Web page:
Category: Uncategorized

Updates from CB9, Richardson and Hamilton

We spoke with Ms. Mia Hilton of Community Board 9 office (tel: 718-778-9279 today . The Chairman of the Community Board Musa Moore received our letter and should be sending a response this week.

A representative of the board intends to attend the postal service’s bi-monthly Customer Advisory Council (CAC) meeting, which is for the Chairpersons of the Community Boards for Brooklyn.

According to John Venable, Customer Relations Coordinator in the Office of the Brooklyn Postmaster ( 718-348-3341):

All Community boards are notified of the upcoming scheduled meetings. We encourage all Community Board Chairperson to be in attendance to inform the Postal Service of any issues or concerns their constituents in the community may have.

At best, at this forum our Local Management staff is afforded the opportunity to address and resolve the needs of the community as well as inform the Community Bd. Chairperson’s of possible issues that can be address by the community that may impede on service to our customers. e.g. broken mail boxes, small mail slots, etc.

We’ve received noncommital responses from Richardson’s office and Hamilton’s office.

We’ve received no response from the post office to date or any representative of the US Postal Service to date.

110 Empire Blvd

According to the Who Owns What lookup, the most common names that appear in this portfolio are ISAAC POLLAK, JOE POLLACK, JOSEPH POLLACK, ISAAC POLLACK, and MARTIN PERL. The most common corporate entity is EMPIRE VALLEY LLC and the most common business address is 93 MONTROSE AVENUE 11206.

This portfolio has also lost an estimated 142 rent stabilized units since 2007. This represents 96.6%of the total size of this portfolio.

Cries Against Displacement OR Locating Power

These posters were found in the halls of 270 Empire.

We feel the sense of frustration and woe, and we are in solidarity with you.

However, most people on Empire were disenfranchised and at the mercy of the landlords long before gentrification got aggressive. Can we talk about the people behind the curtain? The ones who pull the strings?  Or are they off limits?

Oh and can we talk about how  the neighborhood can start pulling more of those strings?

What is gentrification? 

Definition – gentrification is a process of (word?) of disenfranchised urban neighborhoods by means of an influx of more affluent residents. It is a general term for the process that dislocates traditional low-income resident (basically residents of color) and changes the social fabric of the neighborhood.

How can we fight against it? 

While there isn’t one solution that can stop gentrification there are steps we can take as a community to help it prosper:

  • Support locally owned businesses
  • Send letter to your district council asking to keep public domains (libraries, parks, and community centers) open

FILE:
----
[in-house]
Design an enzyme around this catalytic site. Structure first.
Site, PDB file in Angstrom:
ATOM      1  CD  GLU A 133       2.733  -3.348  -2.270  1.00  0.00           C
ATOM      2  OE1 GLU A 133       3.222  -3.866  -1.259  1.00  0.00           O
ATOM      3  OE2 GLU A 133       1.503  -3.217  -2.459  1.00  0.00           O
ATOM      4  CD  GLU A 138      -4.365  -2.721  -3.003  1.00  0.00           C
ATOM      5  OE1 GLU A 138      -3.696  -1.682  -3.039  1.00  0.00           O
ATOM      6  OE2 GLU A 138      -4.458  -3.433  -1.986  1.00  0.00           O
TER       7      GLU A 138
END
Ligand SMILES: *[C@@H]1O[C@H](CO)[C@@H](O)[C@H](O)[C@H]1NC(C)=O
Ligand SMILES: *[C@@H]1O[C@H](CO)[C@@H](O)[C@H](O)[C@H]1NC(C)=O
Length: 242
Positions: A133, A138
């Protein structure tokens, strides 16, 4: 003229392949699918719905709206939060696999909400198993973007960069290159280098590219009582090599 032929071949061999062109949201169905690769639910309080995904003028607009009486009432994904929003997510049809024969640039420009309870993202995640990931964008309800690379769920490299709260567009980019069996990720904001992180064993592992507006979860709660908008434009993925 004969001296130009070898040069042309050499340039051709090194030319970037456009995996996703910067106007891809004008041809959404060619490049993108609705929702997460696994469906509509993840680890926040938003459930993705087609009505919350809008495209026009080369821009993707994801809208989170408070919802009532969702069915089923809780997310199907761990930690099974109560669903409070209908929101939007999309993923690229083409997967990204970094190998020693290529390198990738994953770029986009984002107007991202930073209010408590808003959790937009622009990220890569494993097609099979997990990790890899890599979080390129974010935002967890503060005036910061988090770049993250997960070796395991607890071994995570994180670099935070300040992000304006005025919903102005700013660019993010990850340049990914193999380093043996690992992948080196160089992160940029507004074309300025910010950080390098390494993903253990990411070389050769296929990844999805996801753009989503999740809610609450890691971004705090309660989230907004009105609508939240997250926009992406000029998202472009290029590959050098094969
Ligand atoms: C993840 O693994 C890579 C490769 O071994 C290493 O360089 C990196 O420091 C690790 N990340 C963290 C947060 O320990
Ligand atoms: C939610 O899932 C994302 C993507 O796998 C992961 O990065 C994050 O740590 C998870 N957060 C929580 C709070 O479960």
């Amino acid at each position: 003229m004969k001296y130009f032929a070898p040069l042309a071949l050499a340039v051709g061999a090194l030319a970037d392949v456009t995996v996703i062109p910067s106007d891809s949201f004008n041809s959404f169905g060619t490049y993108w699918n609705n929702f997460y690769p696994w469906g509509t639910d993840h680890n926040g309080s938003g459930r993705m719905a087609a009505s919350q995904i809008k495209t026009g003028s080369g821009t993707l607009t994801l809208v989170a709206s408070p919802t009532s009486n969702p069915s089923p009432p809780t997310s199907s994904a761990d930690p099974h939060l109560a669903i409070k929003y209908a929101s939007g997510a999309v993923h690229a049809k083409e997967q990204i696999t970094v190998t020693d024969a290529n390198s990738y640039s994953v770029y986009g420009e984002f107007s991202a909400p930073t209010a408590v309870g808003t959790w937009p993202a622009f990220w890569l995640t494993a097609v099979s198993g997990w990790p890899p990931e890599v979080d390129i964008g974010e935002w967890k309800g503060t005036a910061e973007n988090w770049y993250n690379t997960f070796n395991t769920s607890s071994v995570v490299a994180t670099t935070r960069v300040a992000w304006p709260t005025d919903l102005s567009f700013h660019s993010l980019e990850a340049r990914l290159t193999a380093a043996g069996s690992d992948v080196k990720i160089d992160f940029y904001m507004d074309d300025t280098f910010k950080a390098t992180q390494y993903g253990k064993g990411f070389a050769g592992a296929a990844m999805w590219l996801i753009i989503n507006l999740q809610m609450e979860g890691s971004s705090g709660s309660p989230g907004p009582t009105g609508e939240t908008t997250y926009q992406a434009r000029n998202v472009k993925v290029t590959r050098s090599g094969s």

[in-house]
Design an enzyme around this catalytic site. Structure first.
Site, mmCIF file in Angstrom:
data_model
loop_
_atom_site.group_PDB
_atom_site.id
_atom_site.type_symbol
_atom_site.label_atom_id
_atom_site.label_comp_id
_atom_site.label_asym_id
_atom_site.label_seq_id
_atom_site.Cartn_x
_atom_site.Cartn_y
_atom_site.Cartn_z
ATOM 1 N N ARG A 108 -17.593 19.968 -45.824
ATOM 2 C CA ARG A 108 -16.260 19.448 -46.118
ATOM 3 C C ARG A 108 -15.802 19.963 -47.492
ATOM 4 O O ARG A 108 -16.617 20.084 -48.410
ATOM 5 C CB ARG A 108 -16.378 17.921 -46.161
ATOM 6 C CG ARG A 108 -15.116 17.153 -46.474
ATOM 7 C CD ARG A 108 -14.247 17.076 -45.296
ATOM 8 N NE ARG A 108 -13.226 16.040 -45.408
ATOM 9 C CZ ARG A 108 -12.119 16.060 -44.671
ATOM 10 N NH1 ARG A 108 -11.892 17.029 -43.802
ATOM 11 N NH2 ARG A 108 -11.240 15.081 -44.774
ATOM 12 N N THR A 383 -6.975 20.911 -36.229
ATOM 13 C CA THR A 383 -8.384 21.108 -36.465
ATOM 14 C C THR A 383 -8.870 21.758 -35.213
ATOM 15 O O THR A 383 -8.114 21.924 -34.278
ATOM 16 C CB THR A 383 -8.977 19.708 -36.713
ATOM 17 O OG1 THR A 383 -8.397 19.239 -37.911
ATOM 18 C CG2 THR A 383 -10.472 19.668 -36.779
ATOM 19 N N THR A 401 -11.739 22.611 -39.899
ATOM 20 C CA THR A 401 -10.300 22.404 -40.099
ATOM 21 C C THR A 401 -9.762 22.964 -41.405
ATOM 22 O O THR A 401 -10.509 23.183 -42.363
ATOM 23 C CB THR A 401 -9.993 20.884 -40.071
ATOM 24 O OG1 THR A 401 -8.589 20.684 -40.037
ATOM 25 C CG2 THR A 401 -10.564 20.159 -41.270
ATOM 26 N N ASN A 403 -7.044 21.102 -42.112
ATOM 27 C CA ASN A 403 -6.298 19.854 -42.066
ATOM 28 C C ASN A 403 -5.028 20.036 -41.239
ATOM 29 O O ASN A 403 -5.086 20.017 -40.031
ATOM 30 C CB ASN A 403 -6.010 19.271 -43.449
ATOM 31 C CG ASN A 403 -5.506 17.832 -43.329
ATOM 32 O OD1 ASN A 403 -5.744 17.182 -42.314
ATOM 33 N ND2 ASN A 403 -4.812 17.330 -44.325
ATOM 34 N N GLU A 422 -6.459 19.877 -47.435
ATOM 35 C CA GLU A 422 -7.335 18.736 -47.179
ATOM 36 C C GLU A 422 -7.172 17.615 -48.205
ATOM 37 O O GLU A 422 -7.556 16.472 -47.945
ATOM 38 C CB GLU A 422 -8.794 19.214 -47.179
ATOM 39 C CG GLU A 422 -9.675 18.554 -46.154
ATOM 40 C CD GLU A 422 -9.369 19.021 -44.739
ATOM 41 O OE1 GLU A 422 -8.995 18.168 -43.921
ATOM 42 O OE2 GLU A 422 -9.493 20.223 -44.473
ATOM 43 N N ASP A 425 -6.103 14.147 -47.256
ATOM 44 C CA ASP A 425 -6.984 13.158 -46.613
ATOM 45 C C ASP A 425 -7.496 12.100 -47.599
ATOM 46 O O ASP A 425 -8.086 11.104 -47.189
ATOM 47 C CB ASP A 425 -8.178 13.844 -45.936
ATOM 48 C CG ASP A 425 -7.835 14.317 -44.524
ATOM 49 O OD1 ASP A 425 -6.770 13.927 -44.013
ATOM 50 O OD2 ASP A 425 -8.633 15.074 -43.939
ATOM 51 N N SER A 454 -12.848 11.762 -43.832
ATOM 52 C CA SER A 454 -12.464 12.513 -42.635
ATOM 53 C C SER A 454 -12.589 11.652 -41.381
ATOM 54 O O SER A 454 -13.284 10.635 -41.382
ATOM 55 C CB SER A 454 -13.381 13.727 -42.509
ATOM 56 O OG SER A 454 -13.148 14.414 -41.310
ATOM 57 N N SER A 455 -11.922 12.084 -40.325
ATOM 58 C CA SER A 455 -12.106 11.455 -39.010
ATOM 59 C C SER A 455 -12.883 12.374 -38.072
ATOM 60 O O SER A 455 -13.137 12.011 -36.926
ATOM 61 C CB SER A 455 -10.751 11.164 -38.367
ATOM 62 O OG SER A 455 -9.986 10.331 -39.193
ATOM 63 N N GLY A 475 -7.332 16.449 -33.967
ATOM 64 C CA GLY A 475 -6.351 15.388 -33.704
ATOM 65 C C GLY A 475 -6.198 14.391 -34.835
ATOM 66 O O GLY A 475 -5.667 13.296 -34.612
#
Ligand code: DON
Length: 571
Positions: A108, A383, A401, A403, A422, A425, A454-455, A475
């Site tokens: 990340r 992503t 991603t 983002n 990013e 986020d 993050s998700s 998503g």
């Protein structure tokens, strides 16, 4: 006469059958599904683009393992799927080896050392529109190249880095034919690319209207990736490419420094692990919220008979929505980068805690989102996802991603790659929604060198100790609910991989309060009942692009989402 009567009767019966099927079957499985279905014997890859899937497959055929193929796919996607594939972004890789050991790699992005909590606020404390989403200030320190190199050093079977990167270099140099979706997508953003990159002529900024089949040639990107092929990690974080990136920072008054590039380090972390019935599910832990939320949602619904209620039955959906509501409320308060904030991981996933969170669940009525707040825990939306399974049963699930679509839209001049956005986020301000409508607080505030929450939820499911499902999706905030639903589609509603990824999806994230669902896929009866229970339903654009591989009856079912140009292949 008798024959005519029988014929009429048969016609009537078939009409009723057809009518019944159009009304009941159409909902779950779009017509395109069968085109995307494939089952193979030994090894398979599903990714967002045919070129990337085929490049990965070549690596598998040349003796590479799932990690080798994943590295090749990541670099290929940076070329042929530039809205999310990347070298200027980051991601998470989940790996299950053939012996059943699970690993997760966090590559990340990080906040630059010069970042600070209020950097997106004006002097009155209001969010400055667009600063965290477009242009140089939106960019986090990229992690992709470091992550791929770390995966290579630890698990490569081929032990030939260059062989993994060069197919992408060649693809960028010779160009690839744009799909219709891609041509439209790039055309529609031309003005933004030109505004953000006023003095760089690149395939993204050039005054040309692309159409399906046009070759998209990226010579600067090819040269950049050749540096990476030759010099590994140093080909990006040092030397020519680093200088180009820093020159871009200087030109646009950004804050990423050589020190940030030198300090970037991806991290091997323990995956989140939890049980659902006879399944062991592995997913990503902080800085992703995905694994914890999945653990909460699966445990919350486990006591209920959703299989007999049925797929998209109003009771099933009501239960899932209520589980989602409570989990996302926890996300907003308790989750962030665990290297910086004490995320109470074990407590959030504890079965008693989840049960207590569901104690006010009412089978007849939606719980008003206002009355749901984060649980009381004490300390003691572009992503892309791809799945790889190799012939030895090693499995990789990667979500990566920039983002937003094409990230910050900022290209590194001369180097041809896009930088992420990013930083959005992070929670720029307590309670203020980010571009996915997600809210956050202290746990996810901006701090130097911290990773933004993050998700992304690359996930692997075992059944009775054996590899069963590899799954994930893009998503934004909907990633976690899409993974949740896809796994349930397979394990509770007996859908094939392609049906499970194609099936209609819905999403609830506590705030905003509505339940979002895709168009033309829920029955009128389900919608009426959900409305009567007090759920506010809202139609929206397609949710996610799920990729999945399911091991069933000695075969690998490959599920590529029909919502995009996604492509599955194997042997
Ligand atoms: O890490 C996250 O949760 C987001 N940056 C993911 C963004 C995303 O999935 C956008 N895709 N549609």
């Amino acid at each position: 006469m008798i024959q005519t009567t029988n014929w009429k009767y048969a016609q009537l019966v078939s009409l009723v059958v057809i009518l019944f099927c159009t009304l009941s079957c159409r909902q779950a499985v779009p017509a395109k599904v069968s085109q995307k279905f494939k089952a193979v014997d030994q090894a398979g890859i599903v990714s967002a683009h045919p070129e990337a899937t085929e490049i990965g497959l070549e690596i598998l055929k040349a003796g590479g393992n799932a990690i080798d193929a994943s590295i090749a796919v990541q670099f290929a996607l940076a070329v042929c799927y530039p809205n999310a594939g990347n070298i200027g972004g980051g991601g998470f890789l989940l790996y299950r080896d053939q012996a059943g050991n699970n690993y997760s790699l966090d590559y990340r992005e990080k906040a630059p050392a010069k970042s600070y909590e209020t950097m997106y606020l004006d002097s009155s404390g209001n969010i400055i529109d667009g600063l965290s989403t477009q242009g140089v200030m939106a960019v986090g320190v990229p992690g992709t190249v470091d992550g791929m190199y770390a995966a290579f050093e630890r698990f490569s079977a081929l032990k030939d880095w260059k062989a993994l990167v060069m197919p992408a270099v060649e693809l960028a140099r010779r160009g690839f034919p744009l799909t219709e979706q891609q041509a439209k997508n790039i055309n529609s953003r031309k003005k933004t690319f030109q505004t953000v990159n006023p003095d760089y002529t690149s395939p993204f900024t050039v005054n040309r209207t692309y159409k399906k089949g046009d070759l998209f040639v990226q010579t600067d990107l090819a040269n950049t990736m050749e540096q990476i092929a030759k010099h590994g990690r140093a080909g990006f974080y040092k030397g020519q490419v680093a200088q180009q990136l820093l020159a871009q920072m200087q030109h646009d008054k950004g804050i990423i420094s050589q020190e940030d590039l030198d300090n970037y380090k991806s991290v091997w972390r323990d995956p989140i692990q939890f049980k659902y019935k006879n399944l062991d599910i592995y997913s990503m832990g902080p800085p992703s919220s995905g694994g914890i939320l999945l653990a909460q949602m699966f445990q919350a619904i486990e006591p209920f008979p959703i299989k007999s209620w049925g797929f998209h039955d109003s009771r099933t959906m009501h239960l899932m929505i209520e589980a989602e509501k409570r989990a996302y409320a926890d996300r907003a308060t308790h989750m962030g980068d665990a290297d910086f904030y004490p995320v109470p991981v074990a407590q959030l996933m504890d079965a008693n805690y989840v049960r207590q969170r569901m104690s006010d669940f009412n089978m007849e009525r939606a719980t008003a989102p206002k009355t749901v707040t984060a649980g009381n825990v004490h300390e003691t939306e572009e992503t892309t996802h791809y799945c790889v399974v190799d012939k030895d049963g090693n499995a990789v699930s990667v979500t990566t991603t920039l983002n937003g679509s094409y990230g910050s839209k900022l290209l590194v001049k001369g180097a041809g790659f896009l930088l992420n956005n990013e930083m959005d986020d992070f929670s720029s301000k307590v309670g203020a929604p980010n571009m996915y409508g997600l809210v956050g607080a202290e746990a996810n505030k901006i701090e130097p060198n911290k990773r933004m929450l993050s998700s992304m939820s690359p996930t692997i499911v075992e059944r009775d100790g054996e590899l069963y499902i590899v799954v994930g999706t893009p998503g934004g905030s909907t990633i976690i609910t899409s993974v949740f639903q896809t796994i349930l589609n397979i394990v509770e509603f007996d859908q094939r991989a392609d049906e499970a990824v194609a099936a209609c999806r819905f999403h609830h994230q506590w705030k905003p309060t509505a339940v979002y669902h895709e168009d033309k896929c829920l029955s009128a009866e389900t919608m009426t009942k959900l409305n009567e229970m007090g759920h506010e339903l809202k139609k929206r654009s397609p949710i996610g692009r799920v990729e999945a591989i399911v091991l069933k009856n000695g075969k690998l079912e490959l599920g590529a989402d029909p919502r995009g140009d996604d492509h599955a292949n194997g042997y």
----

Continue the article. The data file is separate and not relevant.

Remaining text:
• Demand affordable housing. You can do so by talking to your elected officials.
  • If possible buy property and invest in the neighborhood.
  • The most important thing is acknowledging and speaking about it.

When we stand a community, we can be unstoppable. 

Eric Adams – Brooklyn Borough President – 209 Joralemon Street Brooklyn, New York 11221 – 719.802.3700

Gentrification is new wave colonialism and it has economic, societal, and public health repercussions for communities of color. 

Why should we care? 

Families who have lived in these neighborhoods  their entire lives will no longer be able to afford it because of rent increases. Families are displaced and neighborhoods and their local culture is (sic) stripped away.

When neighborhoods are gentrified, those moving in are looking for cheap rent and the ability to make a better life for themselves. Gentrification is not about beautifying neighbors and making them safer; it is the systematic displacement of people of color from their homes. 

  • Landlords raise rent because of the influx of wealthier people.
  • Local businesses suffer as large competitors open shops.
  • People of color are criminalized as new residents “feel in danger”

Poor communities of color have spent years battling disinvestment and abandonment, but redevelopment only seems to occur when white and wealthy people move into a neighborhood. New amenities are being placed in our communities to serve the new residents, not because they want the local people to enjoy it. If they did, the amenities would have been there earlier. 

What does just change look like?

These are images from along Empire.

There are so many empty buildings. People want good things to happen here — housing, entertainment, food, shops — but not with high prices and developer sprawl.

Can we have affordable and inclusive change in this city? How can we build community power and inclusive economics?